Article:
Allergies are an overreaction of the body's natural defence system that helps fight infections (immune system). The immune system normally protects the body from viruses and bacteria by producing antibodies to fight them. In an allergic reaction, the immune system starts fighting substances that are usually harmless (such as dust mites, pollen, or a medicine) as though these substances were trying to attack the body. This overreaction can cause a rash, itchy eyes, a runny nose, trouble breathing, nausea, and diarrhea.
An allergic reaction may not occur the first time you are exposed to an allergy-producing substance (allergen). For example, the first time you are stung by a bee, you may have only pain and redness from the sting. If you are stung again, you may have hives or trouble breathing. This is caused by the response of the immune system.
Many people will have some problem with allergies or allergic reactions at some point in their lives. Allergic reactions can range from mild and annoying to sudden and life-threatening. Most allergic reactions are mild, and home treatment can relieve many of the symptoms. An allergic reaction is more serious when severe allergic reaction (anaphylaxis) occurs, when allergies cause other problems (such as nosebleeds, ear problems, wheezing, or coughing), or when home treatment doesn't help.
Allergies often occur along with other diseases, such as asthma, ear infections, sinusitis, and sleep apnea. For more information, see the topic Allergic Rhinitis.
There are many types of allergies. Some of the more common ones include:
Seasonal allergies show up at the same time of the year every year and are caused by exposure to pollens from trees, grasses, or weeds. Hay fever is the most common seasonal allergy.
Allergies that occur for more than 9 months out of the year are called perennial allergies.
Year-round symptoms (chronic allergies) are most likely to occur from exposure to animal dander, house dust, or mould.
Check your symptoms to decide if and when you should see a doctor.
Health Tools help you make wise health decisions or take action to improve your health.
Many things can affect how your body responds to a symptom and what kind of care you may need. These include:
You have answered all the questions. Based on your answers, you may be able to take care of this problem at home.
Symptoms of infection may include:
Symptoms of a severe allergic reaction (anaphylaxis) may include:
A severe reaction can be life-threatening. If you have had a bad allergic reaction to a substance before and are exposed to it again, treat any symptoms as an emergency. Even if the symptoms are mild at first, they may quickly become very severe.
Symptoms of difficulty breathing can range from mild to severe. For example:
Certain health conditions and medicines weaken the immune system's ability to fight off infection and illness. Some examples in adults are:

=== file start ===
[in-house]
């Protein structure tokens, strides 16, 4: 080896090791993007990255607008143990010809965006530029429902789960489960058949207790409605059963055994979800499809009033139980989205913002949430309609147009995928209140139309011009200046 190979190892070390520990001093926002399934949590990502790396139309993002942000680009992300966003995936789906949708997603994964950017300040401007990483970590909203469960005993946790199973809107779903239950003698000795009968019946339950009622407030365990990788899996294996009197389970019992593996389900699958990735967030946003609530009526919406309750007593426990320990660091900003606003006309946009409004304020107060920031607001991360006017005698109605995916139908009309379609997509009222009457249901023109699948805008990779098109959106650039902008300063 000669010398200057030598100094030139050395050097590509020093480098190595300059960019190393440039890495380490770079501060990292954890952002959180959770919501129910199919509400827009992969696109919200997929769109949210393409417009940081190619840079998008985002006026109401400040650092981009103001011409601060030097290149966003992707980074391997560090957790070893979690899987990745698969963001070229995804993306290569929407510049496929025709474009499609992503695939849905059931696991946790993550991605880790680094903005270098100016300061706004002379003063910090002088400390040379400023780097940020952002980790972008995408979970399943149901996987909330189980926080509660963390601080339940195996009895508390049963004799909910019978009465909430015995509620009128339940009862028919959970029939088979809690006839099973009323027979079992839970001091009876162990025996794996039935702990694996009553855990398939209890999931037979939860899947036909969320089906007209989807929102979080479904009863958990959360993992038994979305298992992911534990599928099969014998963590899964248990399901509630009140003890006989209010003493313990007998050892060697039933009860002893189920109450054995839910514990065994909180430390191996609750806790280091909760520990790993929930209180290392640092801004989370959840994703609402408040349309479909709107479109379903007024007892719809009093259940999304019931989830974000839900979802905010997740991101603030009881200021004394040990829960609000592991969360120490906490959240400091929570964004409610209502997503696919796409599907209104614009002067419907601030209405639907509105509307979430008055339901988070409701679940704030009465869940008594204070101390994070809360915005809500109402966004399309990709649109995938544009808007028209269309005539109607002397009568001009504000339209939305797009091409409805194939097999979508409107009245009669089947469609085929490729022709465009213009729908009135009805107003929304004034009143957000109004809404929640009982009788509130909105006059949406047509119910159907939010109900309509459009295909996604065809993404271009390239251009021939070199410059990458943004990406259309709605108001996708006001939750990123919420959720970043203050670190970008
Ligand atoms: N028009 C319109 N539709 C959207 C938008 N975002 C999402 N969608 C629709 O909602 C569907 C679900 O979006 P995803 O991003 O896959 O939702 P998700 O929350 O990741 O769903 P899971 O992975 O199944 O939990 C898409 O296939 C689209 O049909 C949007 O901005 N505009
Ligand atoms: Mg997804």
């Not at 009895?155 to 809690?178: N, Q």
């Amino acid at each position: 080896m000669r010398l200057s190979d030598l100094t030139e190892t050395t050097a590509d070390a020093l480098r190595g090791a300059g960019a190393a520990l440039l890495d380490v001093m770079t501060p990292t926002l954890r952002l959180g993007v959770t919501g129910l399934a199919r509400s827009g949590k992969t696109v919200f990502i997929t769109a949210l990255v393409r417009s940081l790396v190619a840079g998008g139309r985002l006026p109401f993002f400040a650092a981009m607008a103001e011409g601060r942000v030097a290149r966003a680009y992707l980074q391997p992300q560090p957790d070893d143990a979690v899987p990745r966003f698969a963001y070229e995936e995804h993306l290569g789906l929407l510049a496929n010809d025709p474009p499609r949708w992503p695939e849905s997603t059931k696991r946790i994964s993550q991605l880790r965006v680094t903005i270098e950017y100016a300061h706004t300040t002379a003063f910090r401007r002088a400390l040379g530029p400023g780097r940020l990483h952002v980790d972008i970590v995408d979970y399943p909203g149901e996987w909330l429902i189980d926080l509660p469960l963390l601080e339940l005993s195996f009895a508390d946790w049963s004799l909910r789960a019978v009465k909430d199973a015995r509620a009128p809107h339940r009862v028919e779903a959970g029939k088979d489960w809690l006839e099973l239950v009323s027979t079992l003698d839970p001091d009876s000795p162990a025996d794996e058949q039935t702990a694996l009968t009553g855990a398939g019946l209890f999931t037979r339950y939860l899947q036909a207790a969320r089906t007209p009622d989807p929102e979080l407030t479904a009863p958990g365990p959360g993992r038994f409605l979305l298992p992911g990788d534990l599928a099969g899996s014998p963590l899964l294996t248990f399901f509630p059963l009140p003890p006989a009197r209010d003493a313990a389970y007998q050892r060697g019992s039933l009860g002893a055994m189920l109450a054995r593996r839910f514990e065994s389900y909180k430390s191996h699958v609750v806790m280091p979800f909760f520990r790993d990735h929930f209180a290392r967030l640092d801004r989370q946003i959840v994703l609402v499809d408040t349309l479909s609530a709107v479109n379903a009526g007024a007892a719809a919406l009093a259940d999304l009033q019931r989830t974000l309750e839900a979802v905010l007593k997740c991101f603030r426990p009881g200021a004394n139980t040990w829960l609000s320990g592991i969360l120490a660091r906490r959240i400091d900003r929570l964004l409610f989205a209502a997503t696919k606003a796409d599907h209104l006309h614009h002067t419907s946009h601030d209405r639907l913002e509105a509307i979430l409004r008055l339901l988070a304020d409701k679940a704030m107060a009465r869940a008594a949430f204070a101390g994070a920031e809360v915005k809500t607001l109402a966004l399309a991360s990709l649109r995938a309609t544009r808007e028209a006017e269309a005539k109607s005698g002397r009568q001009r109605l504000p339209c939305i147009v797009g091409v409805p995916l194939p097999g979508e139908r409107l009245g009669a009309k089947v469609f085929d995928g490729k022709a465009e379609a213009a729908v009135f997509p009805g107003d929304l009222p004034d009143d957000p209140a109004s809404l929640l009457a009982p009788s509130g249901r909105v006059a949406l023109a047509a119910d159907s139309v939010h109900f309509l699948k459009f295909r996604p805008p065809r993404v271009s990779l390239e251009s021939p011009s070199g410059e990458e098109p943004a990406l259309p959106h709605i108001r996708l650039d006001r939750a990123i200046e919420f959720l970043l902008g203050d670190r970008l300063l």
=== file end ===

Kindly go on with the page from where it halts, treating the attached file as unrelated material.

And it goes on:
Shock is a life-threatening condition that may quickly occur after a sudden illness or injury.
Symptoms of shock (most of which will be present) include:
Shock is a life-threatening condition that may occur quickly after a sudden illness or injury.
Symptoms of shock in a child may include:
Based on your answers, the problem may not improve without medical care.
Based on your answers, you may need care soon. The problem probably will not get better without medical care.
Based on your answers, you may need care right away. The problem is likely to get worse without medical care.
Based on your answers, you need emergency care.
or other emergency services now.
If you have an epinephrine shot, use it while you wait for help to arrive. Follow the directions on the label about how to give the shot.
You can use home treatment to relieve symptoms of:
Try a non-prescription medicine for the relief of itching, redness, and swelling. Be sure to follow the non-prescription medicine precautions.
For tips on how to treat dry and irritated skin, see the topic Dry Skin and Itching.
For information on how to treat an insect bite or sting, see the topic Insect Bites and Stings and Spider Bites.
Call your doctor if any of the following occur during home treatment:
To prevent problems with severe allergic reactions:
To prevent seasonal or year-round allergy reactions:
Breastfeeding may prevent allergies. Breastfeed your baby for at least 6 months if possible to boost his or her immune system. Feeding only breast milk during the first 6 months of life may reduce the chances that your child will develop food allergies or may decrease the severity of your child's allergies. For more information, see the topic Breastfeeding.
To prepare for your appointment, see the topic Making the Most of Your Appointment.
You can help your doctor diagnose and treat your condition by being prepared to answer the following questions:
ByHealthwise StaffPrimary Medical ReviewerWilliam H. Blahd, Jr., MD, FACEP - Emergency MedicineKathleen Romito, MD - Family MedicineAdam Husney, MD - Family MedicineE. Gregory Thompson, MD - Internal MedicineSpecialist Medical ReviewerH. Michael O'Connor, MD - Emergency Medicine
Current as ofJune 14, 2017
Current as of: June 14, 2017
William H. Blahd, Jr., MD, FACEP - Emergency Medicine
& Kathleen Romito, MD - Family Medicine & Adam Husney, MD - Family Medicine & E. Gregory Thompson, MD - Internal Medicine & H. Michael O'Connor, MD - Emergency Medicine
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